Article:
By Topic

General aviation aircraft avionics: Integration & system tests

Sign In

Cookies must be enabled to login.After enabling cookies , please use refresh or reload or ctrl+f5 on the browser for the login options.

Formats Non-Member Member
$31 $13
Learn how you can qualify for the best price for this item!
Become an IEEE Member or Subscribe to
IEEE Xplore for exclusive pricing!
close button

puzzle piece

IEEE membership options for an individual and IEEE Xplore subscriptions for an organization offer the most affordable access to essential journal articles, conference papers, standards, eBooks, and eLearning courses.

Learn more about:

IEEE membership

IEEE Xplore subscriptions

1 Author(s)
Ananda, C.M. ; Nat. Aerosp. Labs., Bangalore

The avionics of current-day aircraft is termed as modular integrated full glass cockpit. Unlike lots of dials and gauges, the pilot will interact with Multi-Function Displays (MYD). This means that the systems are coupled with multi-function displays, communication and navigation radios with control units, multi-mode interactive instruments for control and navigation, recording and fault management systems, airframes and health monitoring diagnostic capabilities. Pilot Vehicle Interface (PVI) is an important measure of good avionics and cockpit layout, which implies the optimization of man-machine interface, enhancement of the economy, and safety of flight operations. This presents the avionics architecture of a 14-seat Light Transport Aircraft (LTA) for general aviation, which has multi-role commuter capabilities. LTA is a twin turbo-prop, multi-role aircraft, with air taxi and commuter services as its primary roles. The avionics is built on the digital communication mode for both command and control with current requirements of TCAS, digital Autopilot, and AMLCD multi-purpose glass displays. The LTA Avionics suite is grouped into six major groups based on functionality: Display System, Communication System, Navigation System, Recording System, Radar System, and Engine instruments and other cockpit displays. This paper also covers details about the extensive tests carried out to prove the avionics design in terms of functionality, inter-operability, interference, and compatibility. Various practical integration and flight-test issues, methodologies, and details of the scenarios is presented herein.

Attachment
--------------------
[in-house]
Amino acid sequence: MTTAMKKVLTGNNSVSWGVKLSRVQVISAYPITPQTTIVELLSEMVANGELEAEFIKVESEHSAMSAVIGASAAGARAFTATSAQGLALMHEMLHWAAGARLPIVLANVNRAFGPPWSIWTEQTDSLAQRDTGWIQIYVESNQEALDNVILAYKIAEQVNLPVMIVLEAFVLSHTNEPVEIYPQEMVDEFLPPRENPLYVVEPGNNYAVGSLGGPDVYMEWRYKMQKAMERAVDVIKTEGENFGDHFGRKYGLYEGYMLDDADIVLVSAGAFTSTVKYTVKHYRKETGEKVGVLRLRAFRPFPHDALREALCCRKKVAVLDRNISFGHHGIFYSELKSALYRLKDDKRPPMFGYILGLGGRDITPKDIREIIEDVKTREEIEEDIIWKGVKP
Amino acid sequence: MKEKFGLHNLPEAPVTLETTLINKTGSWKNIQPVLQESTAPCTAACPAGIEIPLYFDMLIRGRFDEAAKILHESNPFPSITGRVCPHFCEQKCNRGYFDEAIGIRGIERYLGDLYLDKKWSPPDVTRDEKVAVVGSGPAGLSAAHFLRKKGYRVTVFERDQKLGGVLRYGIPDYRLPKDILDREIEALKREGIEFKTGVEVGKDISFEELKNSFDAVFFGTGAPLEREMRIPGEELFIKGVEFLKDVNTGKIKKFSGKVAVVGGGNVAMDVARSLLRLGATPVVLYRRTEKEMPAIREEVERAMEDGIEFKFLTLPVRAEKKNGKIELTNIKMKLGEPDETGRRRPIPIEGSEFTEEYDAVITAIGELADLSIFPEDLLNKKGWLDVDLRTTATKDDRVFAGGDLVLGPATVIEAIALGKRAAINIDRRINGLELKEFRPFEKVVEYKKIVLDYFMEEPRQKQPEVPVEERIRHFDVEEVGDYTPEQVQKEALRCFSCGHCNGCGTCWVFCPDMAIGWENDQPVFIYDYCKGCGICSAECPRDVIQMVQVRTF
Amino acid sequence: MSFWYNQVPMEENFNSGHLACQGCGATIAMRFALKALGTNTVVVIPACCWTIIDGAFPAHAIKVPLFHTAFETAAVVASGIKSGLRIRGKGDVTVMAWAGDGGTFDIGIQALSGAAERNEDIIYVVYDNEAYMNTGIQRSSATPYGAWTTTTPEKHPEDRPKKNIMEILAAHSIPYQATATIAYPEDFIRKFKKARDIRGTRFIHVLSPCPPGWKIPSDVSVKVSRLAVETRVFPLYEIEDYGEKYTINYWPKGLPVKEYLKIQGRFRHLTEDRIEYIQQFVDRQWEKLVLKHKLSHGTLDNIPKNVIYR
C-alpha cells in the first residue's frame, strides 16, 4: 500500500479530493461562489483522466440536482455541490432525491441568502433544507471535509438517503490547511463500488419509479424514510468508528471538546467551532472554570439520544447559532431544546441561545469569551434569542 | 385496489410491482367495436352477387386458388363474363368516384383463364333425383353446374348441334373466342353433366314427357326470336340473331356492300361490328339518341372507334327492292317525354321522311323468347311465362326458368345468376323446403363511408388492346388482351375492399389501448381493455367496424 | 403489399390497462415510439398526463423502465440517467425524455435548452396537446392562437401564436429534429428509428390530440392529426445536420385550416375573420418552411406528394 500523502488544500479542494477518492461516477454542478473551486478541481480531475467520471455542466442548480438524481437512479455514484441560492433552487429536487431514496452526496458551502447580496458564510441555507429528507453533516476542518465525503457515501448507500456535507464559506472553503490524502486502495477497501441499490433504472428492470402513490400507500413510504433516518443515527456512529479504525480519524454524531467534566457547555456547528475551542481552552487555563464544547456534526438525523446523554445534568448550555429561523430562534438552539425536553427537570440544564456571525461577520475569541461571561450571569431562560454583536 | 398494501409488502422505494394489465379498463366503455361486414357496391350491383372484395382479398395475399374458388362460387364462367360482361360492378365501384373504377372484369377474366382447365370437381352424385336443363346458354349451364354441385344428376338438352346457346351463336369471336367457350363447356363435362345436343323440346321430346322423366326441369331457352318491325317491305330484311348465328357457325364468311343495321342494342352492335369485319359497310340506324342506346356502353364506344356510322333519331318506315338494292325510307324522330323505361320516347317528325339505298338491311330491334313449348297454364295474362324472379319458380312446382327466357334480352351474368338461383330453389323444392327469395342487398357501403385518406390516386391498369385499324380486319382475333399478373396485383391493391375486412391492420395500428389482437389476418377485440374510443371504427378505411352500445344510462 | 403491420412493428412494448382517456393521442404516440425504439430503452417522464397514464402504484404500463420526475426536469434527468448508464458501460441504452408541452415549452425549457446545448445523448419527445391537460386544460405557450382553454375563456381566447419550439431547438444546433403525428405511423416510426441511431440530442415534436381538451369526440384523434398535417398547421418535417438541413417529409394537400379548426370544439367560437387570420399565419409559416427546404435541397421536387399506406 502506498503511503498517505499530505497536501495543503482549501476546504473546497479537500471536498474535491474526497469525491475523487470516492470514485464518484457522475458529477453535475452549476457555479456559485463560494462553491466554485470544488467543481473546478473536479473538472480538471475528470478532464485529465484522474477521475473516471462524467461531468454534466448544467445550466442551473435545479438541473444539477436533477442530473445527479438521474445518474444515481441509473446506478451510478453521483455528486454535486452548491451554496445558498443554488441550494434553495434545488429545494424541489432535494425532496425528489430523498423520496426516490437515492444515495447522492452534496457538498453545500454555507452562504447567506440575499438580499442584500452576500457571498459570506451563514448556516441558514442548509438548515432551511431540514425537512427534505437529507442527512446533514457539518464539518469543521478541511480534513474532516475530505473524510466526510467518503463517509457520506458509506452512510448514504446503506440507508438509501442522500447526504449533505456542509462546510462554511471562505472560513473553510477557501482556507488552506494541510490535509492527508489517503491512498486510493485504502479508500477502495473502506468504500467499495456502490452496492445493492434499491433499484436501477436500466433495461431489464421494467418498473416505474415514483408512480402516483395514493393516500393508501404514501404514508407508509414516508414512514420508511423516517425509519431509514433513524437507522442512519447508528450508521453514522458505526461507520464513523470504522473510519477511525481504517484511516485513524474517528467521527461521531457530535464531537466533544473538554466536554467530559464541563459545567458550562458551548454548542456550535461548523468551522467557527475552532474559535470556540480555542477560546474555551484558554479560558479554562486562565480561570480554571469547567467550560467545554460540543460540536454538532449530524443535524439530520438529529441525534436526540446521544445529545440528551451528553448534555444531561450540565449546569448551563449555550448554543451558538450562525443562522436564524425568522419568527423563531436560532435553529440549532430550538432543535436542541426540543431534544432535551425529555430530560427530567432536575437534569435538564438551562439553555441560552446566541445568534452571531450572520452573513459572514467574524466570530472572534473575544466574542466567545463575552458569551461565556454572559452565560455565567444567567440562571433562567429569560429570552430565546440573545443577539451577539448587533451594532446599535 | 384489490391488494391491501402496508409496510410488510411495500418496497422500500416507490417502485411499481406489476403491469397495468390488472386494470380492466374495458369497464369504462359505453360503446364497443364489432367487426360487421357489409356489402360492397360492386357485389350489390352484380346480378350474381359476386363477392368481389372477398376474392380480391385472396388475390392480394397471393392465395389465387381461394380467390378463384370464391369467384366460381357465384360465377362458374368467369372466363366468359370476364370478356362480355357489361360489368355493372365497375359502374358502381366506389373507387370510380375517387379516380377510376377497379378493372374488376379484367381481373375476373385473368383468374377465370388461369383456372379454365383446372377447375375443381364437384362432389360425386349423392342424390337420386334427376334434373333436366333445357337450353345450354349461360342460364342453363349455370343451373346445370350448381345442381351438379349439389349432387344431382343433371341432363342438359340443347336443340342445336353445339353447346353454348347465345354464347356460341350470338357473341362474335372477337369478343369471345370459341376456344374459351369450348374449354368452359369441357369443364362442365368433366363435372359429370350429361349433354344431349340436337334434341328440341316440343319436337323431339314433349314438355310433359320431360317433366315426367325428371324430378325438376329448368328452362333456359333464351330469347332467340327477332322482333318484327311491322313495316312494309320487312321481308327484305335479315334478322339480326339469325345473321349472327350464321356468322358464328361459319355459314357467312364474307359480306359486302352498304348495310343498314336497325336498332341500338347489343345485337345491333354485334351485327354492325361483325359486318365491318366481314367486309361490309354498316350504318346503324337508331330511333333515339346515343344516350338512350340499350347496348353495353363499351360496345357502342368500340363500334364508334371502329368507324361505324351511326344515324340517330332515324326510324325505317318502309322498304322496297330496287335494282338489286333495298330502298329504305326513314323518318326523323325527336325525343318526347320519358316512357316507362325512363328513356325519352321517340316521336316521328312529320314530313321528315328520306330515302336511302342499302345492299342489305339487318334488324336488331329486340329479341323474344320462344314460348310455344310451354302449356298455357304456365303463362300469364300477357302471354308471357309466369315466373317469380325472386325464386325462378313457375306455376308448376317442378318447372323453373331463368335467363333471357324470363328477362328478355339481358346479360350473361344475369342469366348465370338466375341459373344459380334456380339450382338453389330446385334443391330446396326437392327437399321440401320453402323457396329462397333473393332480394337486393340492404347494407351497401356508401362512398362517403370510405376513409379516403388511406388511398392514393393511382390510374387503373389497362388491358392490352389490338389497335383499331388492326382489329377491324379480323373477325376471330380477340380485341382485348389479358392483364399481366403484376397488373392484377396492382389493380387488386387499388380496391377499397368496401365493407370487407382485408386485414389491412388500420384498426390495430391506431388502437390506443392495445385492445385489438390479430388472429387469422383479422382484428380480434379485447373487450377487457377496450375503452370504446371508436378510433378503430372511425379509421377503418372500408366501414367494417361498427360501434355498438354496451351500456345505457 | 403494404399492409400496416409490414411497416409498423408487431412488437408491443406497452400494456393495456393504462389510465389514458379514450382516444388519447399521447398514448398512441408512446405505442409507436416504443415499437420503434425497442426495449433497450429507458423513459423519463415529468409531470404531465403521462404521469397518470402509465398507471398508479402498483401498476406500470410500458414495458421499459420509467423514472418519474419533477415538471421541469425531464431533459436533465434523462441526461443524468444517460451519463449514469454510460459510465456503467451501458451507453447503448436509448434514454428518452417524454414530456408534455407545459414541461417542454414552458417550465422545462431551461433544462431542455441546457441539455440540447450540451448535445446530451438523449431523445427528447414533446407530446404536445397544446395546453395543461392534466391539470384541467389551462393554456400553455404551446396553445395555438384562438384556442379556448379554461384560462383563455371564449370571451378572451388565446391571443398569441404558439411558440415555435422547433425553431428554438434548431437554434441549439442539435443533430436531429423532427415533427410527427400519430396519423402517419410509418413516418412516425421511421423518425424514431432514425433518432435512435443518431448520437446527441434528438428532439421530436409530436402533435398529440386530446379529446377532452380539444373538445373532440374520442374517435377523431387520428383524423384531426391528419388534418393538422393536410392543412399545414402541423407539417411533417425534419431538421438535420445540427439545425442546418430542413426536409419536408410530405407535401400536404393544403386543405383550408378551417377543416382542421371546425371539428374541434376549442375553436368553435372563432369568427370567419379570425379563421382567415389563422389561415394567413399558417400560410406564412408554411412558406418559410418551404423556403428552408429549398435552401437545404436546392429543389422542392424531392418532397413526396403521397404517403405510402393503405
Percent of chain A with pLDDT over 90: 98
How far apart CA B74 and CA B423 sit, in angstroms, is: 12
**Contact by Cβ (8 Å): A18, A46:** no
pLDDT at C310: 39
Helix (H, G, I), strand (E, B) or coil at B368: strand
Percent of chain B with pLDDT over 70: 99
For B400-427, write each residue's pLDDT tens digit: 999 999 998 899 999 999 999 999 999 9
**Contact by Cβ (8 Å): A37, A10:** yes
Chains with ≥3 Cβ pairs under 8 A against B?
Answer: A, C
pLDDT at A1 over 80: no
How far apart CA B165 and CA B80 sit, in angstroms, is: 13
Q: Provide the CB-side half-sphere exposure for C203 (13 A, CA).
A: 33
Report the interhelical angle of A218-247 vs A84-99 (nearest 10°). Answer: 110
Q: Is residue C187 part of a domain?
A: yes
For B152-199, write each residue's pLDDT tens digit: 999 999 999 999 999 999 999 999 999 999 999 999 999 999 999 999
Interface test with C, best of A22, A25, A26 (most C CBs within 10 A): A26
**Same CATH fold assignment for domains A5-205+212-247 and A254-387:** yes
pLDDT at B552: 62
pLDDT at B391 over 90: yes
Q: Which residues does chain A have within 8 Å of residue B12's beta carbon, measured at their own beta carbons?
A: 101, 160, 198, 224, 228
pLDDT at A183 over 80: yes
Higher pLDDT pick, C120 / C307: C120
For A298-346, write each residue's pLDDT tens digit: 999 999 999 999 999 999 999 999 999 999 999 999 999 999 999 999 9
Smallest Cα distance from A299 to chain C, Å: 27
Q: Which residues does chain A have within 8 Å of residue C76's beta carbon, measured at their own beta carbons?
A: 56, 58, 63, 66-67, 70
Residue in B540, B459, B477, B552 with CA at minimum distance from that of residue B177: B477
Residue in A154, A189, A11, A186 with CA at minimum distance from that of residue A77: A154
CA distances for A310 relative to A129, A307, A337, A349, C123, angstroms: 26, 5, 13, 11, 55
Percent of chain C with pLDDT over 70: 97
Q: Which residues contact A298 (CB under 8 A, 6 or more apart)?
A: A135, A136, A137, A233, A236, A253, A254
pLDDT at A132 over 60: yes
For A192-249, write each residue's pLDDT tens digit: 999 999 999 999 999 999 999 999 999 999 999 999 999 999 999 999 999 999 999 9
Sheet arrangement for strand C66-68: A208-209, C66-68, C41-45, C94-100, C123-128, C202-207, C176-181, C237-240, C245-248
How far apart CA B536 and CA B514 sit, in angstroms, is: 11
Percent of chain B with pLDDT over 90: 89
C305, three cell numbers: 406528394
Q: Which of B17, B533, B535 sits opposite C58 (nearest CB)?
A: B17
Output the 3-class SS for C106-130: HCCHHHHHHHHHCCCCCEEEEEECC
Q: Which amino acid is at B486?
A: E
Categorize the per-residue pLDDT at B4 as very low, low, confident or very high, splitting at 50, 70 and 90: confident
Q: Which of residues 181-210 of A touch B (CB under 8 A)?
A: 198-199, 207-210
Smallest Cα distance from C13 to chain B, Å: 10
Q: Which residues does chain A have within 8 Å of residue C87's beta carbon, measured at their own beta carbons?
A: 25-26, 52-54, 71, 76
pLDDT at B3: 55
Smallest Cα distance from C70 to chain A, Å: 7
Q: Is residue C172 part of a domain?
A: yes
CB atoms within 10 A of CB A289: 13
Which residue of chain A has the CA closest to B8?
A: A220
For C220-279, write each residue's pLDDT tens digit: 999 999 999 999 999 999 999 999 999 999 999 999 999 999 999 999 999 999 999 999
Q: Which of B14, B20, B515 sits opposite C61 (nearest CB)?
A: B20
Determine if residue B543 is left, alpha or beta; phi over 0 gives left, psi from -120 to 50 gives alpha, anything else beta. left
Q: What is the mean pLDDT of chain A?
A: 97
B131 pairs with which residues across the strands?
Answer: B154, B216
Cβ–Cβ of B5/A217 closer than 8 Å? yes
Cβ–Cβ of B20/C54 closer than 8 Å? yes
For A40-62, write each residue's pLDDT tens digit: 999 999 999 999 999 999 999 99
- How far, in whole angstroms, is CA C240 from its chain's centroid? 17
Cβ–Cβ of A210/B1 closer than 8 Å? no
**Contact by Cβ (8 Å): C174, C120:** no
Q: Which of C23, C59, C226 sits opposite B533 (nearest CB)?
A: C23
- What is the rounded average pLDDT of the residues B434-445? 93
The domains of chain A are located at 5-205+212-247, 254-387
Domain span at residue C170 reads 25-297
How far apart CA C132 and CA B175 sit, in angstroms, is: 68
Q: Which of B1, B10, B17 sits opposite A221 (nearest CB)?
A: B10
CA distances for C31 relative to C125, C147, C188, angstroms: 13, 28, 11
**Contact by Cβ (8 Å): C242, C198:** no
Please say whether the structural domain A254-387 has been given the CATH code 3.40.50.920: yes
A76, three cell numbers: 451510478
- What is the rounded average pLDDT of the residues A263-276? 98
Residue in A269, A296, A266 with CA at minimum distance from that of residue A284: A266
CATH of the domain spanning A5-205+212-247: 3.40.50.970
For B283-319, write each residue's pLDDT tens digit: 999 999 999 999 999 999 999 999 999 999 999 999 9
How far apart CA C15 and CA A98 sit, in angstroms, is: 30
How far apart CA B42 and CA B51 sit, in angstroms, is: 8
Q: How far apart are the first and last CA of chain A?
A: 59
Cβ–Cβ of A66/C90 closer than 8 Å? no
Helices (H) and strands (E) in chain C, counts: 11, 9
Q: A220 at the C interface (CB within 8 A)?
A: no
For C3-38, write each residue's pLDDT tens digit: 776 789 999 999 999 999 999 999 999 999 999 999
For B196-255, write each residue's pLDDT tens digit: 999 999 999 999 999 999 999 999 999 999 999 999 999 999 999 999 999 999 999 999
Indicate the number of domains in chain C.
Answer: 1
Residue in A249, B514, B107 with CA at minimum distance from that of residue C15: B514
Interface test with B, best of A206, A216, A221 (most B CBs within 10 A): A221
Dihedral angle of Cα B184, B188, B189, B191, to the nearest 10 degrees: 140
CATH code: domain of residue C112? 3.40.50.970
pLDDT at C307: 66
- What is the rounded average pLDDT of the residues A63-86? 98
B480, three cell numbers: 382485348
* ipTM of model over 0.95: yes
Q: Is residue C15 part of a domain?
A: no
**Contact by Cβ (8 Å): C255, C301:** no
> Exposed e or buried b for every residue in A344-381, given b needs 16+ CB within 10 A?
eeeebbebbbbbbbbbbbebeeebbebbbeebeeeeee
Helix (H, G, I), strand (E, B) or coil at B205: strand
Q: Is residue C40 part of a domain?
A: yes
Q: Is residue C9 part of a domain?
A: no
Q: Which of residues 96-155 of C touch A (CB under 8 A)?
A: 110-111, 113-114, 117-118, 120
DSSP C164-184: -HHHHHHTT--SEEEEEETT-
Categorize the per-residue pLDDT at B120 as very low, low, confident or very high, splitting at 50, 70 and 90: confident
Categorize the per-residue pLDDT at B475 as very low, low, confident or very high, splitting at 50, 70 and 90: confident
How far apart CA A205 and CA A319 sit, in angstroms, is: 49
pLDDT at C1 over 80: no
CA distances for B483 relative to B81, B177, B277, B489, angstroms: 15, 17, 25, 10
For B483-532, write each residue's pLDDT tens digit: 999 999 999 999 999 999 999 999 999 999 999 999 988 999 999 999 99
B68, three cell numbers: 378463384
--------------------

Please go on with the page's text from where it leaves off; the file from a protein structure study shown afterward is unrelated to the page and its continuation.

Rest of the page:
Published in:

Aerospace and Electronic Systems Magazine, IEEE  (Volume:24 ,  Issue: 5 )